2013 Nissan Quest

The newest Nissan Quest is the most unapologetic minivan I have seen in over a decade, and for that alone it should be applauded. The last Quest tried really hard to be different and “cool;” sales didn’t back this up. At least Nissan continued trying, when many others (Ford, GM) had given up entirely, instead stuffing families into less usefully designed—but more soccer mom palatable—crossovers. Even Honda and Toyota have tried to make their latest minivans sportier.

But Nissan decided on a different strategy, and the result is a bluff, cubic rendition on the concept of human transport. The Quest is very, very Japanese in its aethetics, and like others that have seemingly arrived Stateside without being changed (Scion xB) this imbues it with an honesty that is very refreshing. About the only annoyance is that the “body kit” of spoilers and side sills on the test vehicle not only makes the standard wheels look even more forelorn, but also mean that it is easy to scrape them on higher curbs when exiting the two front seats.

That cubical design motif pays big dividends inside, and the Quest’s cabin is indeed a great place to spend time. The overall quality of materials shames the Japanese competition, and the layout and thoughtfulness of amenities is excellent. About my only gripe was the placement of the shifter in the center stack, which tended to block the radio and climate controls.

Aside from that, the Quest was a stress-free place to spend time. The step-in height, where you slide right over to the seats, is wonderful, and the chairs themselves are very cosseting. However, car designers need to get the memo that perforated leather seats in a family vehicle are a very bad idea: kids always seem to find a way to grind any available type of food into their tiny little holes, rendering mute the theoretical benefit of leather over cloth in such a vehicle.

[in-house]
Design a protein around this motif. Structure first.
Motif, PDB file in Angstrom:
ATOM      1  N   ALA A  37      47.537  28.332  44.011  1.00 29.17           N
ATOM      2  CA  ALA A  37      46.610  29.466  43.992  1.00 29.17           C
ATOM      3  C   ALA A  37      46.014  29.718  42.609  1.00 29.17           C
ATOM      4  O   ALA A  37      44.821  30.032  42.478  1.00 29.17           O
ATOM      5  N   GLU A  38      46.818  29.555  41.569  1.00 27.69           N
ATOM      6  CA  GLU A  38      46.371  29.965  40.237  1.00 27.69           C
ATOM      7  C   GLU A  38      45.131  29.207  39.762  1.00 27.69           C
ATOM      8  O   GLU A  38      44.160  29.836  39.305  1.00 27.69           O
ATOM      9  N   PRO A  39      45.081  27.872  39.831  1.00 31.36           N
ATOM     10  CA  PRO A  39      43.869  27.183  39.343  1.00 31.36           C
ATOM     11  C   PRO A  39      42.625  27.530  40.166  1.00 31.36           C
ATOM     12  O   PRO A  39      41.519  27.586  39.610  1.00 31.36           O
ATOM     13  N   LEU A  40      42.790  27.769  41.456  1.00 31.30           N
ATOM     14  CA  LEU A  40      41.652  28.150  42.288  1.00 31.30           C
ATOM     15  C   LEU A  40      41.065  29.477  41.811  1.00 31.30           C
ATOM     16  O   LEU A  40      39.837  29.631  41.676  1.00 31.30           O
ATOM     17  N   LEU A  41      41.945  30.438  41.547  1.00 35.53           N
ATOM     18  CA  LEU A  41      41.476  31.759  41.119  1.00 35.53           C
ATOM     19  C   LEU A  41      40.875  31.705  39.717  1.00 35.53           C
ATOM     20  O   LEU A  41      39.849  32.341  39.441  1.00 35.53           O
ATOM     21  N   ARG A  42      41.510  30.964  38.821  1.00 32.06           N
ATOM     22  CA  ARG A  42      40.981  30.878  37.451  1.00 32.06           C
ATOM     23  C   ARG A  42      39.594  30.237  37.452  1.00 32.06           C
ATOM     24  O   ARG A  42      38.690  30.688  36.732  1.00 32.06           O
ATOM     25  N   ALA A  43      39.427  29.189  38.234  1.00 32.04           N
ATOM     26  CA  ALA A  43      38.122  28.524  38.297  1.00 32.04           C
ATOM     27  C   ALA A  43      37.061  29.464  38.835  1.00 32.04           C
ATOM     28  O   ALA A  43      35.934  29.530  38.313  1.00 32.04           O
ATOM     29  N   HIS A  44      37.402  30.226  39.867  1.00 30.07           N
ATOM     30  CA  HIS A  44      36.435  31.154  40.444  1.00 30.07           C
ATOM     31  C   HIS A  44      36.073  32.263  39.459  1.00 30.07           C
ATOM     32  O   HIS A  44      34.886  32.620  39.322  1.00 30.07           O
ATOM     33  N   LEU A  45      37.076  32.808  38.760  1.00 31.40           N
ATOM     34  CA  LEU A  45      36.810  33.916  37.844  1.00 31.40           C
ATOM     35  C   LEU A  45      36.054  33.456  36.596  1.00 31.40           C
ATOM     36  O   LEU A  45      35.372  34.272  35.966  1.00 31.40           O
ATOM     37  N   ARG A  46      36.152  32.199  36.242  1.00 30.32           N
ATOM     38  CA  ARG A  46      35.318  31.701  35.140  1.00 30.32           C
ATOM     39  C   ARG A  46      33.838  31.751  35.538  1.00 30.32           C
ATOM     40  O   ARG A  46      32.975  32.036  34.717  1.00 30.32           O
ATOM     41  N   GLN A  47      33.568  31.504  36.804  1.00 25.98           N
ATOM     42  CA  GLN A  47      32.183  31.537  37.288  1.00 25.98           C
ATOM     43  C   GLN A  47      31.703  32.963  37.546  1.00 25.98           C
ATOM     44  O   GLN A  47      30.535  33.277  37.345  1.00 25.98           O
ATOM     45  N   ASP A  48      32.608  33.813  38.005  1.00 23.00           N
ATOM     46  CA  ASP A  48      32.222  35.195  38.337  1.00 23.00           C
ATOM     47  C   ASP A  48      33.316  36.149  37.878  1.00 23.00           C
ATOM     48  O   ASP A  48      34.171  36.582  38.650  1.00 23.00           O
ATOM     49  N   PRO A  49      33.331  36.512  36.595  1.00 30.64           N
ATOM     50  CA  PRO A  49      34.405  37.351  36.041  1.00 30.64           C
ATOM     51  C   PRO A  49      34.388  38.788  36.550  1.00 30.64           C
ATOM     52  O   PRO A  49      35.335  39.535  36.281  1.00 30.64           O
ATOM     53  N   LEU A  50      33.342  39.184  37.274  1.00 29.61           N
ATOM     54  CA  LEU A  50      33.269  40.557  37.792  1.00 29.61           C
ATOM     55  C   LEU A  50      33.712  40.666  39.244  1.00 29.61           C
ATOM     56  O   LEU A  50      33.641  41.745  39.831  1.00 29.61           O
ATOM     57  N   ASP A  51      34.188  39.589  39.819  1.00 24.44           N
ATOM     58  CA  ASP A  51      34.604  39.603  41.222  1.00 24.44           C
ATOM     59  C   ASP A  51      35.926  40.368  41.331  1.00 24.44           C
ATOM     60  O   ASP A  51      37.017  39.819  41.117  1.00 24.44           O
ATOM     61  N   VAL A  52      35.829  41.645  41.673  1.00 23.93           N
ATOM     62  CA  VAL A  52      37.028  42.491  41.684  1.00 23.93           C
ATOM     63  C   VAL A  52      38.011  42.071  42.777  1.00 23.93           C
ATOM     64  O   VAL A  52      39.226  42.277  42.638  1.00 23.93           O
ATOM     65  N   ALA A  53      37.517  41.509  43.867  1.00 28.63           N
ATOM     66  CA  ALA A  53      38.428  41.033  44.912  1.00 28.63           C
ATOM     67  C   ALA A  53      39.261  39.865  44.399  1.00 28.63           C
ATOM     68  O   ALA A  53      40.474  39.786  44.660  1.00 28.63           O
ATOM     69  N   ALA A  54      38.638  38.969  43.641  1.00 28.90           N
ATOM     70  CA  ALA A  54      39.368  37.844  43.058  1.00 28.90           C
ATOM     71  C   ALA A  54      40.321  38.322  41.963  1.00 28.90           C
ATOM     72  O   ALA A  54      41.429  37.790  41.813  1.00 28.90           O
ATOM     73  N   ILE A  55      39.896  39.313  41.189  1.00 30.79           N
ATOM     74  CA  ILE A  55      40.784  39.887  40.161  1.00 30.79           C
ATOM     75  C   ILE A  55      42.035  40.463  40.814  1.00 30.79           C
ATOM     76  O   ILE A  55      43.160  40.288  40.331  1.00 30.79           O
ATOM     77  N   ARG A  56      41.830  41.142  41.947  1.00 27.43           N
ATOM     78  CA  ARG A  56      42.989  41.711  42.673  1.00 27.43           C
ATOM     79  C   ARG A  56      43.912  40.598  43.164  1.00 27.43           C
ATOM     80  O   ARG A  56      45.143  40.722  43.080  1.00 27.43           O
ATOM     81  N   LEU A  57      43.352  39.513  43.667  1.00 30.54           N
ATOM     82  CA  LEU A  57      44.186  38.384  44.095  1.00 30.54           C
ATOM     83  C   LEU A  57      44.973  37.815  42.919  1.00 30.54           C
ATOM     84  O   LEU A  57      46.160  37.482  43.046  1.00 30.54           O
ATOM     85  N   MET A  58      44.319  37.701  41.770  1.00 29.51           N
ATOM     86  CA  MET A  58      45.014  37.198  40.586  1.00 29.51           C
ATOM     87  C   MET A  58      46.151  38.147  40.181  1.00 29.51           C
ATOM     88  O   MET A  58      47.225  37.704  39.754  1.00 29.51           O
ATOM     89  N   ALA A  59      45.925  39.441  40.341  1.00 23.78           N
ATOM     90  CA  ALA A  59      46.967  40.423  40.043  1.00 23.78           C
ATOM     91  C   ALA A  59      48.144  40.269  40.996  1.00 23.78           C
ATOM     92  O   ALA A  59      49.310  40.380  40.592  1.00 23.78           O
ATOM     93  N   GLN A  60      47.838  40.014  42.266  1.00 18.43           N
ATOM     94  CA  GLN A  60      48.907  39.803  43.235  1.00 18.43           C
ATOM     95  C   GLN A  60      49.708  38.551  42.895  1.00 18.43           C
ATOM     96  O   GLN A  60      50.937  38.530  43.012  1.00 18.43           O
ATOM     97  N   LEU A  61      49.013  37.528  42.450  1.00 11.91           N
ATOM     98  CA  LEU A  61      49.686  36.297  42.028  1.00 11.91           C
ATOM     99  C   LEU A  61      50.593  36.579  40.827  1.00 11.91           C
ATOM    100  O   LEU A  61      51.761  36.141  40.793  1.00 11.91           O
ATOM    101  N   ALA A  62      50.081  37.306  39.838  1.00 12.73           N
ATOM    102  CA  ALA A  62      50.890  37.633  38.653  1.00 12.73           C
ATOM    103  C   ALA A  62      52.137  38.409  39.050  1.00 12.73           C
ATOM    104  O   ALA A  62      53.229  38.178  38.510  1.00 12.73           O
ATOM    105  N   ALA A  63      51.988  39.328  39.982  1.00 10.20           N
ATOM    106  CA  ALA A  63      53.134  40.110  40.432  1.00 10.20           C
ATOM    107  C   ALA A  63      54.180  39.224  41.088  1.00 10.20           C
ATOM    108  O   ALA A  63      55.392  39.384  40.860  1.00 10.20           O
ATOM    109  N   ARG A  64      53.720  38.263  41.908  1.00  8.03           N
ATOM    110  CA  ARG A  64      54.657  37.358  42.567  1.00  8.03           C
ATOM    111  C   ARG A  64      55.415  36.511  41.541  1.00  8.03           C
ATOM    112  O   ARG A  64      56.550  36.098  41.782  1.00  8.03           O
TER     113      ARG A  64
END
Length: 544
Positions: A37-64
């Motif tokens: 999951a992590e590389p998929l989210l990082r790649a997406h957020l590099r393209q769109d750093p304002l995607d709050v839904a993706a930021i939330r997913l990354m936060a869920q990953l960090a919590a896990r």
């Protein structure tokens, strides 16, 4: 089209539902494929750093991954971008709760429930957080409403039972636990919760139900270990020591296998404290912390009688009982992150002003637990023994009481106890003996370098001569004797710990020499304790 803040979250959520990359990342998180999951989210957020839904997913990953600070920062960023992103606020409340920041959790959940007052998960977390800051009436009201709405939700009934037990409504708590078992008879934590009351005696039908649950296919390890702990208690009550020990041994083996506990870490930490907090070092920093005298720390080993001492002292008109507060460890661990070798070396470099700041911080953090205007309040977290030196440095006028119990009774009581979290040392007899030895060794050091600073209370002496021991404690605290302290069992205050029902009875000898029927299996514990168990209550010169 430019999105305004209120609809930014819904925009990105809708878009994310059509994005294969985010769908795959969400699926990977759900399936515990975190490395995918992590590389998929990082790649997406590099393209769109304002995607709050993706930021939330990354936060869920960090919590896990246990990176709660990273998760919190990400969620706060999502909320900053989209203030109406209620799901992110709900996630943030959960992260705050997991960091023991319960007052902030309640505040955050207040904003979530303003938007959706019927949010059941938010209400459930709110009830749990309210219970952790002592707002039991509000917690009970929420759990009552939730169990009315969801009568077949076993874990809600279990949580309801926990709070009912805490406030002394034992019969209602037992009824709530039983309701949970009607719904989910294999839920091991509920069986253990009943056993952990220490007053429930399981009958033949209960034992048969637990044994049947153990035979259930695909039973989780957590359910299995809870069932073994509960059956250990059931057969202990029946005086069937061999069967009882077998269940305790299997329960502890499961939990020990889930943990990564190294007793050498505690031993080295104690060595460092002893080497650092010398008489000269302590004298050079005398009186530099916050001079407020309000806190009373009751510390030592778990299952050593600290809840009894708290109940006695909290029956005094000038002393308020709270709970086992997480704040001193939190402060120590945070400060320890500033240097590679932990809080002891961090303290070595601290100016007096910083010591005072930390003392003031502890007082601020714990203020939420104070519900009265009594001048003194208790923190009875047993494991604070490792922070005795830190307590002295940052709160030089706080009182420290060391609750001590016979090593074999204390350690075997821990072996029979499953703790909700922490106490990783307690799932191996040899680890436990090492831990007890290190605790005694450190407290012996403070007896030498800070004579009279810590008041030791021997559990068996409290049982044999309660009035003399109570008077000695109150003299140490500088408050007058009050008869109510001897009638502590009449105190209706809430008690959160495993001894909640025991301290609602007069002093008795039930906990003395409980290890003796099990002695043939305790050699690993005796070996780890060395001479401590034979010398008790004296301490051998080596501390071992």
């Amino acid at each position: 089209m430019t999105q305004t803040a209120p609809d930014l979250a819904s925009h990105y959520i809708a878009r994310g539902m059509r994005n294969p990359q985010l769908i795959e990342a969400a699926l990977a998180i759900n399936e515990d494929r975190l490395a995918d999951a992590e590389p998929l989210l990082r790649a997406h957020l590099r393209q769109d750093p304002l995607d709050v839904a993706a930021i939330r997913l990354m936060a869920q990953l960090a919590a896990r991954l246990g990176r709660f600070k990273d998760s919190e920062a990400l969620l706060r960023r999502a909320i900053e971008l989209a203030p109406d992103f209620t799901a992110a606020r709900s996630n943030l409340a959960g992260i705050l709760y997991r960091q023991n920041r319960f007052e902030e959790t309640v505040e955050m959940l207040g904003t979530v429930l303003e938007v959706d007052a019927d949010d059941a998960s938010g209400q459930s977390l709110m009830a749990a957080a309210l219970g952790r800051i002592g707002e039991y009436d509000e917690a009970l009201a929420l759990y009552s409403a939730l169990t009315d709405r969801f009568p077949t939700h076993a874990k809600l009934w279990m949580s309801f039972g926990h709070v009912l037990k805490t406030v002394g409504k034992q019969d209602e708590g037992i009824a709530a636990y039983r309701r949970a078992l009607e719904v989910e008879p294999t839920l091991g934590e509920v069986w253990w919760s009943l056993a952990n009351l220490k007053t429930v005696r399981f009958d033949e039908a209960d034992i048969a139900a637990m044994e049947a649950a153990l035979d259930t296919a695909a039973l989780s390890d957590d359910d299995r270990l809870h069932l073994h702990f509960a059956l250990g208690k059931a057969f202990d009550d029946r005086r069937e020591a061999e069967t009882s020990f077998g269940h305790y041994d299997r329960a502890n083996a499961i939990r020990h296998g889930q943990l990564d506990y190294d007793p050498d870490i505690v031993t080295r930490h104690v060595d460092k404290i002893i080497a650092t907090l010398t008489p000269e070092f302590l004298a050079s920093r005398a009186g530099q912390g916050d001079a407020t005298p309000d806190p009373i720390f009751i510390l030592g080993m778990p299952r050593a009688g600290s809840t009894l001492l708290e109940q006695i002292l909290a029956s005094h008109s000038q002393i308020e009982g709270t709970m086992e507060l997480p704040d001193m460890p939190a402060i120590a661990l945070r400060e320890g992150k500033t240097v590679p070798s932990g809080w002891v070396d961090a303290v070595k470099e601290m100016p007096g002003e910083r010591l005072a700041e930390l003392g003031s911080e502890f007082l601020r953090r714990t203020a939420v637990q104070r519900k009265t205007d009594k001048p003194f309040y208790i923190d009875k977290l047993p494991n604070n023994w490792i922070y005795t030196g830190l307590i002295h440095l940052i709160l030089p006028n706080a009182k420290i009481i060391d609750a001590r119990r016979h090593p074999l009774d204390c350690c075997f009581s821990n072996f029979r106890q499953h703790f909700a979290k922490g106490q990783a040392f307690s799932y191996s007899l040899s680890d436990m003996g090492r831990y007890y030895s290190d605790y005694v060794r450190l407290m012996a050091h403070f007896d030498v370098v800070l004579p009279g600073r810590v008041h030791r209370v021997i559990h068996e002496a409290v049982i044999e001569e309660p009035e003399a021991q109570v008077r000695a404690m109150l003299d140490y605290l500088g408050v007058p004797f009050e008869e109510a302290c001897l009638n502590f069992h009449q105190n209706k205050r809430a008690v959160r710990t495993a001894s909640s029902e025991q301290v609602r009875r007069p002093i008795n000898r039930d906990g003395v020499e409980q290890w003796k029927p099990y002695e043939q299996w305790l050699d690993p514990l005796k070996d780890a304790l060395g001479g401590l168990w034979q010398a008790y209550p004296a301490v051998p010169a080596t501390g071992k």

But in this regard Nissan is no worse than others, an the Quest is a more pleasing thing to drive than most of its competitors—of either the minivan or crossover variety. That’s because its primary mission seems to be to sooth occupants. It rides exceptionally well, with quiet, well-damped body motions and little of the reverberations that can bother other wagon-shaped cars. And, it suffers none of the pogoing or hobbyhorsing motions of jacked-up faux 4x4s. Does it handle? More than adequately for its intended use. I don’t know anyone (except automotive journalists) who pulls more than 0.6g driving such vehicles, yet many manufacturers seem intent on giving them offroad or racetrack abilities that not only will go unused, but will undermine said vehicle’s primary mission.

The Nissan’s powertrain, comprised of the corporate VQ-series 3.5-liter V6 and CVT-style tranny bolsters the Quests refined demeanor, with nice throttle tip-in, great refinement and acceptable acceleration. Like most all fullsize minivans, its real-world fuel economy seems to range between 16-20mpg, and a loaded model like my LE tester is quite expensive at almost $44,000. But for those who really need big posse family transport, there is nothing better than a minivan, and I would rank the Quest as the most pleasing of the breed.

Fuel economy: 19/25; 21mpg combined
Price as tested: $43,675
Here is what Nissan has to say about the Quest.


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